He calls for the creation of a new set of awards that he thinks would be more relevant, to be presented at a real convention (i.e. one that draws >50K people, I think) by real fans.
This sort of thing — if you think WSFS is wrong, go try it yourself — is exactly what people like me have been saying for years. As long as you don't use the name "Hugo Award" or any of WSFS's service marks (including the design of the trophy itself), nobody's stopping you from setting up awards that work the way you think they should work.
Mind you, I suspect that when he and his friends try to actually do the work, they'll discover it's a wee bit more difficult than they thought it was. After all, the Hugo Awards as they exist today did not spring fully-formed from the head of Milton Rothman at the 1953 Worldcon. They started haphazardly and in fits and spurts, and have evolved slowly — too slowly for some — over the years. As one of the directors of the non-profit corporation behind the SF & Fantasy Translation Awards as well as having been a past Worldcon chair and Hugo Awards administrator, I know better than most what a lot of the challenges are.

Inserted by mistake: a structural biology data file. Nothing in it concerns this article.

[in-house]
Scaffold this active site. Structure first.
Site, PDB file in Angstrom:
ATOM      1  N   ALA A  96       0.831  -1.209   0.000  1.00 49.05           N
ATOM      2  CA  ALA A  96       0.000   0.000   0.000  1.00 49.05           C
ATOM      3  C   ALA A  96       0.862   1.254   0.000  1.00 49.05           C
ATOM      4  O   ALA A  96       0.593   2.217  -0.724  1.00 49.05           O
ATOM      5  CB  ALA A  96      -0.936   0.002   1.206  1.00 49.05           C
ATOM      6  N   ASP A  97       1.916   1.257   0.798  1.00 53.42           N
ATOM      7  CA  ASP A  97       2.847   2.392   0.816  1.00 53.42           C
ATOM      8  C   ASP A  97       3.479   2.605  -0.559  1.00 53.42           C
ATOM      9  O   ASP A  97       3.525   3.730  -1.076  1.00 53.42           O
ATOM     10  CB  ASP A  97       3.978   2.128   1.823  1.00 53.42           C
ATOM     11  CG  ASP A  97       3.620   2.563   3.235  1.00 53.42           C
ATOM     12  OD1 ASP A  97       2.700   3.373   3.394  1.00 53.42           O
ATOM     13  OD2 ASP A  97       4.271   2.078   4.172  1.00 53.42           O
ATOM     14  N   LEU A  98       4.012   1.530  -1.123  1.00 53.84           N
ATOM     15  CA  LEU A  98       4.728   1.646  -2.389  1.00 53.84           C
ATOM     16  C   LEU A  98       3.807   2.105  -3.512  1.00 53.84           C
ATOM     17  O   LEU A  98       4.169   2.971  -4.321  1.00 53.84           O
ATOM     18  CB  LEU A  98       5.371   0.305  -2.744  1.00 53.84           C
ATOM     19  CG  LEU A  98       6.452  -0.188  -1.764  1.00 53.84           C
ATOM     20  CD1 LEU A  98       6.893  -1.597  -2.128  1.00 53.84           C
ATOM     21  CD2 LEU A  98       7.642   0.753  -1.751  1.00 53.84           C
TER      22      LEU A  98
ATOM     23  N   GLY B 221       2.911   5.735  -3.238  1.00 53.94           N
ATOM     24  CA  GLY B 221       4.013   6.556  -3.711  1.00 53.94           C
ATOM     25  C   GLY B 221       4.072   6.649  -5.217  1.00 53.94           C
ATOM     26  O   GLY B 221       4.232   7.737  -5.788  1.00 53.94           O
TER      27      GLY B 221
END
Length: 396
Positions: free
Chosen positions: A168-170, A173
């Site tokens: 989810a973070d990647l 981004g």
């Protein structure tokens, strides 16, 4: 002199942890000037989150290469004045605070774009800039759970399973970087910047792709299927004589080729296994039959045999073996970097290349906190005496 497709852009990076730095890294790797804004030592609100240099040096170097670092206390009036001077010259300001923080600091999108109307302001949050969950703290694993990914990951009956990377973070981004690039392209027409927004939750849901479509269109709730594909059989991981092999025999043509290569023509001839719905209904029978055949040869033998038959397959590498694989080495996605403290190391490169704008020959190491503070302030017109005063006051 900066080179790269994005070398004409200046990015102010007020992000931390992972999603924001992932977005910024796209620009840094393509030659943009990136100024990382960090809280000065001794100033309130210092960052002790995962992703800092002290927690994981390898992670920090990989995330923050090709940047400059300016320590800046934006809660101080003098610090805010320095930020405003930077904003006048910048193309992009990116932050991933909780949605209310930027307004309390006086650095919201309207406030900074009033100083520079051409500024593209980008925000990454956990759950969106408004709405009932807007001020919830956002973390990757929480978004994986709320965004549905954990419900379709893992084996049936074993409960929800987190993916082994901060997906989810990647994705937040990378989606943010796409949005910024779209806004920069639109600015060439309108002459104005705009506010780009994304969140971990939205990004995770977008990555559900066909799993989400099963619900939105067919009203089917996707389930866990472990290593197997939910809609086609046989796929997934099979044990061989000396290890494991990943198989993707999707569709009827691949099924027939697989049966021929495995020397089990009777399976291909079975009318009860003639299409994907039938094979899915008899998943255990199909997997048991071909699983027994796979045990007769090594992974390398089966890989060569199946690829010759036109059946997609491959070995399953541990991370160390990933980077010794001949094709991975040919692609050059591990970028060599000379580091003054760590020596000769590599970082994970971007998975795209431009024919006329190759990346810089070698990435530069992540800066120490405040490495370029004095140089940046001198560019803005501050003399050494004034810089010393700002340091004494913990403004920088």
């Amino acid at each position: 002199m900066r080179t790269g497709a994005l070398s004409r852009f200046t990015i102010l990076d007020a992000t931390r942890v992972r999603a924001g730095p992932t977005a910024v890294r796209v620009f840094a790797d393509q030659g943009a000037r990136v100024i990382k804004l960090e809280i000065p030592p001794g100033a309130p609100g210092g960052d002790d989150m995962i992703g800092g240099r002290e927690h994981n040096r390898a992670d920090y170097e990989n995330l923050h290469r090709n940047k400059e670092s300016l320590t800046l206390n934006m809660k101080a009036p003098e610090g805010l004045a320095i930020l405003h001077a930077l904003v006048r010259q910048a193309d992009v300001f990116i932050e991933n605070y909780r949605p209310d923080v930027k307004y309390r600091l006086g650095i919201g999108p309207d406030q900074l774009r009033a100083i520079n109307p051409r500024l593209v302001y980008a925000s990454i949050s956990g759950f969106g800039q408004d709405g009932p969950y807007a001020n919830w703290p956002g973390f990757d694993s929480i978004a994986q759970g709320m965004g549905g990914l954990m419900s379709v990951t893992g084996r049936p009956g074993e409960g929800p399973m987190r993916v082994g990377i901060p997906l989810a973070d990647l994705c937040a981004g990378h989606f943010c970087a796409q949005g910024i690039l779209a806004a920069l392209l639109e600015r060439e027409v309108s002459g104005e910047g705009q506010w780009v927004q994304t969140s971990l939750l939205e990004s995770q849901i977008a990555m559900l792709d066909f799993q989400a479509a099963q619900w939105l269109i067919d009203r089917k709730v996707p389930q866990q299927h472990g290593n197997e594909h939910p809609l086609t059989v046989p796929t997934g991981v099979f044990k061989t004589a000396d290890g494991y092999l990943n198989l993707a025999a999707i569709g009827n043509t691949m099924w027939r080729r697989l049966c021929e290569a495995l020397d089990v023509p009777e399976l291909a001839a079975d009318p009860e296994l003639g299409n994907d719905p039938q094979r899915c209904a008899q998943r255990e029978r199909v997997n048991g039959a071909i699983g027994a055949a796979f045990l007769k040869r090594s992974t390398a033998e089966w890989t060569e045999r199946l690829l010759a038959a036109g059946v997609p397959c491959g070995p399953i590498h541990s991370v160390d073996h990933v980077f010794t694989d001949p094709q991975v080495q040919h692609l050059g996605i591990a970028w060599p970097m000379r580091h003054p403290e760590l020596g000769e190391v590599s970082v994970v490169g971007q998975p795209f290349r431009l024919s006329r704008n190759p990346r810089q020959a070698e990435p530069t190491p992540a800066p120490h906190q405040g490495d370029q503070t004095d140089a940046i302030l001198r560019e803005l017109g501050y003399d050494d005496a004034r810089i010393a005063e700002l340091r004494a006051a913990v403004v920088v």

I'll be very surprised if they manage to make anything constructive happen, and if they do, I suspect that they'll end up re-inventing many of the forms that WSFS uses for the Hugo Awards, although they're likely to end up thinking that it's a New Idea and that nobody has ever had to deal with the issues before. But that certainly doesn't mean I'm opposed to them trying. As Bernard Peek said in one of the comments there, "If you are expecting any opposition from SMOFs then I’m afraid you are going to be disappointed."